Now I’m not here to criticize UpToDate. I love UpToDate and have my own personal subscription. It is a wonderful resource and, other than perhaps the cost, I find no fault with it. The problem is UpToDate dependence, which is symbolic of the larger problem of over reliance on “look up” resources. Although look up resources are essential to the practice of evidence based medicine, over reliance becomes a problem when their use supplants knowledge of basic science, acquisition of medical knowledge, background reading and clinical judgment. These essential skills and attributes help safeguard against an overly formulaic approach to patient care and result in fewer mistakes when patients do not follow the usual scripts.

The problem is symptomatic of growing attitudes which de-emphasize basic science in medical curricula and diminish the importance of medical knowledge as well as an agenda to restrict accredited CME to activities directly related to physician “behavior”.

This topic dovetails with a recent series of Med Rants posts on basic science in the medical curriculum, particularly as it relates to the USMLE Step 1 exam. Medical students sometimes complain about the basic science minutia they are forced to learn. DB, the author of the posts, tends to be in sympathy with their view, pointing out that all too often medical school basic science courses merely “teach for the test”. He suggests that the basic science content should be more focused on clinically relevant material.

I don’t know what the Step 1 exam looks like these days, or what DB has in mind for the curriculum. I suspect I would agree with his vision for medical education although I’m concerned that the de-emphasis on basic knowledge along with uncritical teaching of pseudoscience may reflect a dumbing down of medical education.

Friday, July 27, 2007

What principle, coach?

Notre Dame head football coach Charlie Weis had a thing or two to say after losing his malpractice suit against doctors at Mass General.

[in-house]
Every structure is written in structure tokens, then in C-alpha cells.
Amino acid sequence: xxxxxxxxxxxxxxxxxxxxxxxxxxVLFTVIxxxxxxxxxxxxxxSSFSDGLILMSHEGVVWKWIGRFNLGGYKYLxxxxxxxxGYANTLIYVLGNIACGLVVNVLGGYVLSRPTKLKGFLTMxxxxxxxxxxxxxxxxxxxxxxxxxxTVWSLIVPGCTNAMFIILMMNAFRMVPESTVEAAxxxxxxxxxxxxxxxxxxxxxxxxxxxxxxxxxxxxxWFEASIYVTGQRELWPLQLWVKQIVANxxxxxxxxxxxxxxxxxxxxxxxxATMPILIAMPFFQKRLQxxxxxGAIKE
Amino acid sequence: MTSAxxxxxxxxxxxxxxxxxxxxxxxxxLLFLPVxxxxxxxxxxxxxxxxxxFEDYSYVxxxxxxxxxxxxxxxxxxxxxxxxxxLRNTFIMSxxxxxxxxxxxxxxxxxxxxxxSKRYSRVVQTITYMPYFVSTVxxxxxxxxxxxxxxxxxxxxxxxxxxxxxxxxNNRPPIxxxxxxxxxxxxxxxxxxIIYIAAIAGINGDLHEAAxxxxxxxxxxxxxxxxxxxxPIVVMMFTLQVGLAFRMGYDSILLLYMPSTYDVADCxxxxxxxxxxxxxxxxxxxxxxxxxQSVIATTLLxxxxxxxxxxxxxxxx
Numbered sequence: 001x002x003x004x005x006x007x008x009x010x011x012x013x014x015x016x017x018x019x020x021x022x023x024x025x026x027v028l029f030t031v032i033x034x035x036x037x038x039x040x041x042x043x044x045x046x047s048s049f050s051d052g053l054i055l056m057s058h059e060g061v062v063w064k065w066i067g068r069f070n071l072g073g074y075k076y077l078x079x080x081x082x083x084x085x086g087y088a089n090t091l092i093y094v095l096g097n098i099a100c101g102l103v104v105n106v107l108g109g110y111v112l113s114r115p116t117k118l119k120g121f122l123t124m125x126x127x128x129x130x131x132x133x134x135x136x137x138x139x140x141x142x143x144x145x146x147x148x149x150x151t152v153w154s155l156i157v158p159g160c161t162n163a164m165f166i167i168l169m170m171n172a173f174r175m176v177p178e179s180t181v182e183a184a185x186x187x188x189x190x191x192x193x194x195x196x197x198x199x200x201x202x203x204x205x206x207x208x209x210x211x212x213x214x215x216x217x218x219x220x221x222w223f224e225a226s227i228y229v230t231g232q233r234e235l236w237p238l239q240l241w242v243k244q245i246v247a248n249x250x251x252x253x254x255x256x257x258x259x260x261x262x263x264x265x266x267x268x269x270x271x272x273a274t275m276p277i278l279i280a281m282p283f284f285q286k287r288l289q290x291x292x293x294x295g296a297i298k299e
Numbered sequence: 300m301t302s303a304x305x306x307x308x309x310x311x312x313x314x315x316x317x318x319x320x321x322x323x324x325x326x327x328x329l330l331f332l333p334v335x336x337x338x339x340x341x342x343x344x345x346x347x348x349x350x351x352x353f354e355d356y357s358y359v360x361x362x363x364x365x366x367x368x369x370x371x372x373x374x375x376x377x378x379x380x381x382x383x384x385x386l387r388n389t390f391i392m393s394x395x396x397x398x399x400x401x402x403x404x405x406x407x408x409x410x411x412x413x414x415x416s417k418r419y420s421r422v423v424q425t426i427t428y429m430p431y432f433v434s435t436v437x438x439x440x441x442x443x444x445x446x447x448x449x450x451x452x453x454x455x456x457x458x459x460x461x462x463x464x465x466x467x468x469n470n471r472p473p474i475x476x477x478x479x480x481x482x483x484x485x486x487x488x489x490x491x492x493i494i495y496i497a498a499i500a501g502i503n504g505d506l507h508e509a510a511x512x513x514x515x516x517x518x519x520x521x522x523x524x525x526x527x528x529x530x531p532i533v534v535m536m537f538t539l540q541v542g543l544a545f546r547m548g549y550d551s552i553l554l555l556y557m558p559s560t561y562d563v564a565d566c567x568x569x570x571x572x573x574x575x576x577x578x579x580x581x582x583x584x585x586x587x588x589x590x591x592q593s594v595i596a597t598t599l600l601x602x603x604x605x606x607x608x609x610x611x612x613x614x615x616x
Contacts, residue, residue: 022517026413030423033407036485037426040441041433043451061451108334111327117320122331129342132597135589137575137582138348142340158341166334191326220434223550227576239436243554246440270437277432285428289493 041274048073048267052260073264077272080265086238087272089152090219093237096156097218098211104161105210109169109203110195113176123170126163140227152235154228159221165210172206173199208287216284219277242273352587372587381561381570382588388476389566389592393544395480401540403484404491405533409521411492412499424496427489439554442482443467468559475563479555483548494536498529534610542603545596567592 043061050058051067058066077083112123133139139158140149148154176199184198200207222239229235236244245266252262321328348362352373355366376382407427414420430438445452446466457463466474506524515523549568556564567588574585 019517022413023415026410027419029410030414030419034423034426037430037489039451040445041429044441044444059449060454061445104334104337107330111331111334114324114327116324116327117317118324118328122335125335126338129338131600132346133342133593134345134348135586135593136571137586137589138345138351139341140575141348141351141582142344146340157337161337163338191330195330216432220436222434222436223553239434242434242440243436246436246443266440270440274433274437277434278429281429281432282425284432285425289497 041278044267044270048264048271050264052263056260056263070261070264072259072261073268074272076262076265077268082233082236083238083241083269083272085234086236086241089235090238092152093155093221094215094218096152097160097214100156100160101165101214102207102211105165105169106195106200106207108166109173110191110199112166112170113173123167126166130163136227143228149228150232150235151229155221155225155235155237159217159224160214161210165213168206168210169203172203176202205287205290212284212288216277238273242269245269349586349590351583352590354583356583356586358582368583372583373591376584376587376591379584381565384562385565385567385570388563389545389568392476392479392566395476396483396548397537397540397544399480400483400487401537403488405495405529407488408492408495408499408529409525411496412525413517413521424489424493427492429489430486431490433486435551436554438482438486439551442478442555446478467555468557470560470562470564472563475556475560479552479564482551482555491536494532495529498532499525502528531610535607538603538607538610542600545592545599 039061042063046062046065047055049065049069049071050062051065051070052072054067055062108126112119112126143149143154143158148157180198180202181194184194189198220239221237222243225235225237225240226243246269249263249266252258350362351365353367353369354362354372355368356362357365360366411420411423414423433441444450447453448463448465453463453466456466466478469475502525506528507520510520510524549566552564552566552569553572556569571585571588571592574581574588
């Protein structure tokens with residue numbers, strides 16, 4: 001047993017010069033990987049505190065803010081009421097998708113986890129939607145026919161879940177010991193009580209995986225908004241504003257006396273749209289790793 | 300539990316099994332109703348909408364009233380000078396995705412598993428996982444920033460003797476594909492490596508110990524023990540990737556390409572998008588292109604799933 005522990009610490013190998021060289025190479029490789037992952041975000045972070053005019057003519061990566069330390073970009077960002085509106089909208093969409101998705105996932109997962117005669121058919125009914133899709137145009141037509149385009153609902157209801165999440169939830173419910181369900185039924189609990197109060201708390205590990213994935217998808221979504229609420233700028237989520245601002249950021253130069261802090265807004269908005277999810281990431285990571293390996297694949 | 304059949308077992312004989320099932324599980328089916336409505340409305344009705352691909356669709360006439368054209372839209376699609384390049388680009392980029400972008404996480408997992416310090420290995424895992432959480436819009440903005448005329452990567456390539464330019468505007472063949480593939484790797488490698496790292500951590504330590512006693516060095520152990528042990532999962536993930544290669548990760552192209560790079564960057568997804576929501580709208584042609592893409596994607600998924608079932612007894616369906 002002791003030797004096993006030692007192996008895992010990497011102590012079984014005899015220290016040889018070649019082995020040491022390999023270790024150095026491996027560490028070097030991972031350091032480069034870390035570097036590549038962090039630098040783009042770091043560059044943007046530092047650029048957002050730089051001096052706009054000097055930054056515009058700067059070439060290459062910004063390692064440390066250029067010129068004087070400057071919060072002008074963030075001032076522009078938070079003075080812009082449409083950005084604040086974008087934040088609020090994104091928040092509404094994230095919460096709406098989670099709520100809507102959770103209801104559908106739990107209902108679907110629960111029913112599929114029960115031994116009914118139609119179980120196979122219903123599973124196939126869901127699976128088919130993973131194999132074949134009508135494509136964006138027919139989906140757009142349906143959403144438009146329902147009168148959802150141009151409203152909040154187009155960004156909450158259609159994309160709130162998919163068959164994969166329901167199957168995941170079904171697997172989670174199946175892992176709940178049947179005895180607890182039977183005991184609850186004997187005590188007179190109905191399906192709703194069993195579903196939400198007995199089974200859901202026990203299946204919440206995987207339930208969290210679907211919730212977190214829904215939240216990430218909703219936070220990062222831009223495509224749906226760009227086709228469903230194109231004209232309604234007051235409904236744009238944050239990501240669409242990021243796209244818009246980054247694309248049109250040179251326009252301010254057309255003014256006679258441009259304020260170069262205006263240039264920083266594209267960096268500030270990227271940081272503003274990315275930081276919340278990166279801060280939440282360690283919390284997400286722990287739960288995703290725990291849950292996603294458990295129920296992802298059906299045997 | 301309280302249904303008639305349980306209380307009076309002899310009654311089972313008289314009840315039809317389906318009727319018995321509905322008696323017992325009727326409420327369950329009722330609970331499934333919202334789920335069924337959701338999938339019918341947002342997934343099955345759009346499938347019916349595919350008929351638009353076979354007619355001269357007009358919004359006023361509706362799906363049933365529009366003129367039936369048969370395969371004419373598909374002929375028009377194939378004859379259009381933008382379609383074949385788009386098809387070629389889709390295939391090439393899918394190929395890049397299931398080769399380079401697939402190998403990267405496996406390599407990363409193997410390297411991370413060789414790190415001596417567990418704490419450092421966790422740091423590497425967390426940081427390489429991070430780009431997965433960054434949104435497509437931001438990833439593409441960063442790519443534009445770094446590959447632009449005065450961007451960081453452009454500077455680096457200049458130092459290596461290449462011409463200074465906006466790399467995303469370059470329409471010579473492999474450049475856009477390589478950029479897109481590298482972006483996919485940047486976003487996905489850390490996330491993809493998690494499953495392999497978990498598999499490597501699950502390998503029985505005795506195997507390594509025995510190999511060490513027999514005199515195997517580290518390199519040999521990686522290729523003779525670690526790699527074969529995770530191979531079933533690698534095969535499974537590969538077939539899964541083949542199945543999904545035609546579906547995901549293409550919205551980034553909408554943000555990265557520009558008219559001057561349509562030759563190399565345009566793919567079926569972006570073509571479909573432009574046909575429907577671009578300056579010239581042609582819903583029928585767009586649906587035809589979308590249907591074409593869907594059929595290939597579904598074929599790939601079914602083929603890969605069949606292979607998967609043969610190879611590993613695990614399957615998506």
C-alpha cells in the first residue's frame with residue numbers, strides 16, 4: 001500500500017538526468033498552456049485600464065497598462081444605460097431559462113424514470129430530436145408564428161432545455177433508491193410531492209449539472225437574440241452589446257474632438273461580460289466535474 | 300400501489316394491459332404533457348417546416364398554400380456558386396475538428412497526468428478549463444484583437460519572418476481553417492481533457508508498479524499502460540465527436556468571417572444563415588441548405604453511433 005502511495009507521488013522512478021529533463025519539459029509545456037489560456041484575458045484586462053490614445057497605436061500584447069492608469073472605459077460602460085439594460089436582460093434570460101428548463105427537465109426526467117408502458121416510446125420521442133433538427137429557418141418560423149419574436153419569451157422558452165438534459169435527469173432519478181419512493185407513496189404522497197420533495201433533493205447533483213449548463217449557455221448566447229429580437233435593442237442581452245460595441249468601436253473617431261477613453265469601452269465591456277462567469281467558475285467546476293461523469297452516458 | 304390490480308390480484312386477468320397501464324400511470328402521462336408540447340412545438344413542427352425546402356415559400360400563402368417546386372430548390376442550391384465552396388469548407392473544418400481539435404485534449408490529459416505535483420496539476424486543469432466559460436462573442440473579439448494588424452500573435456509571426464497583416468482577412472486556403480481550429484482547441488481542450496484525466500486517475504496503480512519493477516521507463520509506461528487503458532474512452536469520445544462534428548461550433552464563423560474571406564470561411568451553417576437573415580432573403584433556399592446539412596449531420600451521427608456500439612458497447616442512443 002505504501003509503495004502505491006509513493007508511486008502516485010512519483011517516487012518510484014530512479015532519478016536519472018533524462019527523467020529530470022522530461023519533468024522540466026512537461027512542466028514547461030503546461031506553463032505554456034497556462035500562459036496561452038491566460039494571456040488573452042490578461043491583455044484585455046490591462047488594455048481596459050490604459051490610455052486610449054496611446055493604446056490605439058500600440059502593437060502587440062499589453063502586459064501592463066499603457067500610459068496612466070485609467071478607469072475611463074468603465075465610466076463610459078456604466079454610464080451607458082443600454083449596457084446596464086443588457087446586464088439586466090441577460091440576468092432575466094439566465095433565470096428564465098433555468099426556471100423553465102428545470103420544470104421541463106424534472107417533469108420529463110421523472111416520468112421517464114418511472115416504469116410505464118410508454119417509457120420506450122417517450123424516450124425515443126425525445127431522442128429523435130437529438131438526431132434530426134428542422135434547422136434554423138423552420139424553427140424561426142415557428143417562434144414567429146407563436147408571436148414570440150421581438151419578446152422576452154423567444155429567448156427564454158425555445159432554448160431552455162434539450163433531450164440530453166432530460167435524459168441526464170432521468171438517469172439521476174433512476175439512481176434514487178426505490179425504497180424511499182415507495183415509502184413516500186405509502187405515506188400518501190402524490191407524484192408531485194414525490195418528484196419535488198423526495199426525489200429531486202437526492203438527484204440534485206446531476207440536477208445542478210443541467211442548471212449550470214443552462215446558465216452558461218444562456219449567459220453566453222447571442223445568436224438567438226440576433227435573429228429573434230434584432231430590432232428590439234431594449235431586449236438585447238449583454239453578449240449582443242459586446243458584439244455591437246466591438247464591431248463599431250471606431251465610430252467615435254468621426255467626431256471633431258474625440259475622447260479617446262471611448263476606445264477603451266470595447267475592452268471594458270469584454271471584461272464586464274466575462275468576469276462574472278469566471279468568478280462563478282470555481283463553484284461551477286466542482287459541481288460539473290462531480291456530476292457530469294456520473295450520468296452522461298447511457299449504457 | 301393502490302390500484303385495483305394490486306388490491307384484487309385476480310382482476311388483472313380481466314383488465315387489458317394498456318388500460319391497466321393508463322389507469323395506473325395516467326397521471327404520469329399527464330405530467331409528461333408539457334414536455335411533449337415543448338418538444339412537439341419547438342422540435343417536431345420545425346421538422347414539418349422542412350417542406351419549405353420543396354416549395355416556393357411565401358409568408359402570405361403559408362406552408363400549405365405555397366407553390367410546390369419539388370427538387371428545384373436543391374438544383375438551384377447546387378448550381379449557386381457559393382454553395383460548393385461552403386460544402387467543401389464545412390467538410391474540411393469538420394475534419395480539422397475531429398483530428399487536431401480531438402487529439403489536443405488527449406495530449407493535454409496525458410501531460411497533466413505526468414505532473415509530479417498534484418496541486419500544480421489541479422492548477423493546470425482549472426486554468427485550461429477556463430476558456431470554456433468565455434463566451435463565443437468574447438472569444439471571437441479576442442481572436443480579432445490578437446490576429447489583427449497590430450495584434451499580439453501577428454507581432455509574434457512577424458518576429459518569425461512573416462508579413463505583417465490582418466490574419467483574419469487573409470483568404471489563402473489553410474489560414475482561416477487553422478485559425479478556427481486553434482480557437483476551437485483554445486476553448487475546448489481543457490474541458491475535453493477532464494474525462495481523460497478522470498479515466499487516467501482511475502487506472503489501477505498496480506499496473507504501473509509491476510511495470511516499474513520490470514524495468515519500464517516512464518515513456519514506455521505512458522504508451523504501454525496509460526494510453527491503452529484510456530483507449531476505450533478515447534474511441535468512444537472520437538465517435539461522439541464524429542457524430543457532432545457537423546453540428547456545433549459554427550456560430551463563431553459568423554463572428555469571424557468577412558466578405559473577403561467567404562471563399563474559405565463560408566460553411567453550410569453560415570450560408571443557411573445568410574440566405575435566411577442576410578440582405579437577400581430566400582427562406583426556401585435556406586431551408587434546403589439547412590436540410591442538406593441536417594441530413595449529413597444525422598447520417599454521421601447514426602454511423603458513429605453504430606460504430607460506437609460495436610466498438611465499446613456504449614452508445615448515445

Weis, former Patriots assistant coach, said had he won, he would have donated any damages to a charity for people with special needs. " Our family decided to retry this case based on principle, not money," he said. (TED FITZGERALD/ASSOCIATED PRESS).

Well, if there’s a principle here I wish the coach or his attorneys would tell us what it is.

From the Boston Globe via Kevin M.D.

Yoga: Is it woo? Is it religious?

Hey, it’s only exercise! That’s the usual rejoinder I hear. A commenter, expressing astonishment that I would regard Yoga as woo, goes on to make my point by making a woo based Yoga claim:

And, unlike most gym type workouts, it stimulates the parasympathetic system rather than the sympathetic system, which is useful for the majority of people that are under chronic stress and therefore in sympathetic overload. A gym workout for someone in chronic stress is counterproductive as lifting weights or running on a treadmill further stimulates the sympathetic system, the stress/cortisol response and all that that entails.

It’s woo on two levels. First, there’s no evidence that Yoga somehow uniquely activates the parasympathetic nervous system. Secondly, traditional “gym workouts”, carried out over enough time to condition the cardiovascular system do in fact increase parasympathetic tone, as evidenced by the slower heart rates of conditioned individuals.